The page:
As the general public seeks to protect themselves from coronavirus and prevent the widespread transmission of the virus, hand sanitiser is flying off the shelves.
Although the primary advice from the NHS, Public Health England (PHE) and the World Health Organisation (WHO) is to practice thorough hand hygiene by washing your hands with hot soap and water to help combat the spread of coronavirus, hand sanitiser is a decent alternative when you are nowhere near a water source, such as on your daily exercise or shopping trip.
The NHS and Public Health England have stated that to kill most viruses, a hand sanitiser needs to have at least a 60% alcohol content – with most big brand hand gels containing 60-95%.
This is a huge misconception. Not only does the right formulation not need alcohol in it to be effective - a hand sanitiser with an alcohol content that high can be really bad for your skin.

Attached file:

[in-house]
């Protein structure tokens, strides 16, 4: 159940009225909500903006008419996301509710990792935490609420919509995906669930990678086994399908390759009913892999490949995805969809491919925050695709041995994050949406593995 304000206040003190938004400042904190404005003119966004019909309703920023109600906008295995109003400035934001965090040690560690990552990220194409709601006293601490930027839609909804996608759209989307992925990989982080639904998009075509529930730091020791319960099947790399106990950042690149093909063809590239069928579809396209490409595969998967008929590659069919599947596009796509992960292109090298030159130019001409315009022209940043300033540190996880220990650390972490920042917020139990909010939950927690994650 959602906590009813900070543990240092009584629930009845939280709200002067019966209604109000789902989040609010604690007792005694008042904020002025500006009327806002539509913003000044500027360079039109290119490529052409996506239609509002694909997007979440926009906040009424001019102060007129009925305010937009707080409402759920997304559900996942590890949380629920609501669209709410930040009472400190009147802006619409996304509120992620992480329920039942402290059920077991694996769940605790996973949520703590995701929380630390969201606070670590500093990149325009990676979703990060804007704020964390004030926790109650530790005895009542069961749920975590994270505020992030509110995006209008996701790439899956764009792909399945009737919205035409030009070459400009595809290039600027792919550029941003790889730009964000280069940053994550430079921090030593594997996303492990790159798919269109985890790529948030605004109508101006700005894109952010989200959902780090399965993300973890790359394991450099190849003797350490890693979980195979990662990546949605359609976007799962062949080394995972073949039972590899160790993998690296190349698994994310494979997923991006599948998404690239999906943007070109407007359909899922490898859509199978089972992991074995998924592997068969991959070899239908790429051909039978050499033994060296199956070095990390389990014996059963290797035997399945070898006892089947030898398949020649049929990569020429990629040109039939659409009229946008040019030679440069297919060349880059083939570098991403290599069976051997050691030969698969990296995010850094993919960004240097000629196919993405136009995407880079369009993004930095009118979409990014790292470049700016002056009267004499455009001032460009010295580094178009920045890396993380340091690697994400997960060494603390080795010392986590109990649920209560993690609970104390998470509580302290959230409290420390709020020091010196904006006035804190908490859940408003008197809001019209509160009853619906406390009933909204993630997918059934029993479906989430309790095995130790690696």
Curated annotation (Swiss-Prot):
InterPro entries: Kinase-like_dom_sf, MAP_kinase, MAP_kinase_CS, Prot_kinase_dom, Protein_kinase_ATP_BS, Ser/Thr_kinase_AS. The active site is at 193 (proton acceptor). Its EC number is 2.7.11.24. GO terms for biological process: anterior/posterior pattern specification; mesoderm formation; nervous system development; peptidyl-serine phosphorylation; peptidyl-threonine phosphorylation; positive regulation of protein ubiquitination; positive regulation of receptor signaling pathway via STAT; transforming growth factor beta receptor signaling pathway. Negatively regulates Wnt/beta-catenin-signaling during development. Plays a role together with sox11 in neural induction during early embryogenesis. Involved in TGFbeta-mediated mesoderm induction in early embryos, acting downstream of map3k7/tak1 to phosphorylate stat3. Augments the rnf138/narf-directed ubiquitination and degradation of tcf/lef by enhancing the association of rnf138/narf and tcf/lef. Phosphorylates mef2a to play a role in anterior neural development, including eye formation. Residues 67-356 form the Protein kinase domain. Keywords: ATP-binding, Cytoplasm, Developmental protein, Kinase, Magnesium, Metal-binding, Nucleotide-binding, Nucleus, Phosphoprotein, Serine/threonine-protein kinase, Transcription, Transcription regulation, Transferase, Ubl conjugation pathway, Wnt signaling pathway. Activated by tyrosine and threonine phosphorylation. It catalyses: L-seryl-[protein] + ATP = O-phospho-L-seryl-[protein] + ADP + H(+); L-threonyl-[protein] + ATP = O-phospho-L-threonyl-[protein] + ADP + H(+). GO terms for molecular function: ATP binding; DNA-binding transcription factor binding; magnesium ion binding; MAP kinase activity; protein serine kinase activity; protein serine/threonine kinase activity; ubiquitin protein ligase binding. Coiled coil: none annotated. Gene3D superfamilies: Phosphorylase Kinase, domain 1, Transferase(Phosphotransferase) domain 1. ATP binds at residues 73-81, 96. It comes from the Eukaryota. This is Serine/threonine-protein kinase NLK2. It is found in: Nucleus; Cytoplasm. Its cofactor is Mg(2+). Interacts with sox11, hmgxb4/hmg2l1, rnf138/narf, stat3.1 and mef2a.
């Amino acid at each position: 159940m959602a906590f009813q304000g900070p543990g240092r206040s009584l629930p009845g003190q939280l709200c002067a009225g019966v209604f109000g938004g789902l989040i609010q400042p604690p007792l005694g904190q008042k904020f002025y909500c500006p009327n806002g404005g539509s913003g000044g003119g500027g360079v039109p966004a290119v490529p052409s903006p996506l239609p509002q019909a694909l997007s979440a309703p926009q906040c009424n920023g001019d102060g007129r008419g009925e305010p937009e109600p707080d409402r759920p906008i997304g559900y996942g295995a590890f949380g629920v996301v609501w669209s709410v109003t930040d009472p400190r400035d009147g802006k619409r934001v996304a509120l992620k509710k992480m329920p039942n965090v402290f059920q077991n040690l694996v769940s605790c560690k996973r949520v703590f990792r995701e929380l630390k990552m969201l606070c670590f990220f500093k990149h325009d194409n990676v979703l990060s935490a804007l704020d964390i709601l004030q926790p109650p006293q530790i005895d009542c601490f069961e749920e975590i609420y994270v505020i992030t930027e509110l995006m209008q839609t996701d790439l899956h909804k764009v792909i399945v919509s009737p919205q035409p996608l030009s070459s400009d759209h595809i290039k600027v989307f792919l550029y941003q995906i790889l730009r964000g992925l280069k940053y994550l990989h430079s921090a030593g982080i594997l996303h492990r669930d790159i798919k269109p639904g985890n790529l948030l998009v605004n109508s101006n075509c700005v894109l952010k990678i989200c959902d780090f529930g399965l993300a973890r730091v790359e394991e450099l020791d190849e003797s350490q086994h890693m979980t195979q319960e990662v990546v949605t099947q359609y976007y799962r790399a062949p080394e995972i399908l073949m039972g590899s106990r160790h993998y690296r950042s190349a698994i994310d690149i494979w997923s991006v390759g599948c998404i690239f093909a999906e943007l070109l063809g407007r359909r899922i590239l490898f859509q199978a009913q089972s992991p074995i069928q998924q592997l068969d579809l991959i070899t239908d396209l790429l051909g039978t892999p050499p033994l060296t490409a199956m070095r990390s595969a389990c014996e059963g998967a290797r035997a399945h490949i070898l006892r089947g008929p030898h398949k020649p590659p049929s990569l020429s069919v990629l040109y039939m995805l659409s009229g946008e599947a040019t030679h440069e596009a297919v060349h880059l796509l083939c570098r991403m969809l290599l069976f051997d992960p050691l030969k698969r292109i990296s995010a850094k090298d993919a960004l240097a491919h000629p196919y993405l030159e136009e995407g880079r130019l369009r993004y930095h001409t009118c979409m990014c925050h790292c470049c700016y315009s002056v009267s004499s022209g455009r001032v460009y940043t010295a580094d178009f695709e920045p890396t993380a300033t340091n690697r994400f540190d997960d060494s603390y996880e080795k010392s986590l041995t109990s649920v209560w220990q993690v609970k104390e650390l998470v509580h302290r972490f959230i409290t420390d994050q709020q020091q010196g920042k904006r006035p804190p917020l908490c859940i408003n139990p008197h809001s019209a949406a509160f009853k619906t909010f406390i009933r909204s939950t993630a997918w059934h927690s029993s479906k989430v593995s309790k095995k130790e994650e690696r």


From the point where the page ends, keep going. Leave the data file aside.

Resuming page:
It is said that repeated and frequent use of hand sanitiser has the potential to cause irritation to your hands over time and even minor damage through dryness.
Nick Barker, founder of travel protection essentials company THEYE, said: ‘‘There is a wealth of evidence to suggest that alcohol based hand sanitiser has adverse effects over time to the skin - these products can cause damage and dryness due to the harshness of the formula.
Whilst we appreciate that the severity of the Coronavirus is such that dry, painful hands are a better choice than having the infection, we want to highlight that there is protection available which doesn’t include alcohol, and is therefore kinder and gentler on the skin. We’ve already seen the impact that not having enough PPE is having on the bodies of our NHS staff and key workers. Our formula, built over the past 10 years using chemicals that combat the Coronavirus and 99.9% of germs, doesn’t contain any alcohol at all and therefore doesn’t have any of the harmful effects.”
You can find out more about THEYE at www.theye.co.uk, and you can buy our hand sanitiser here.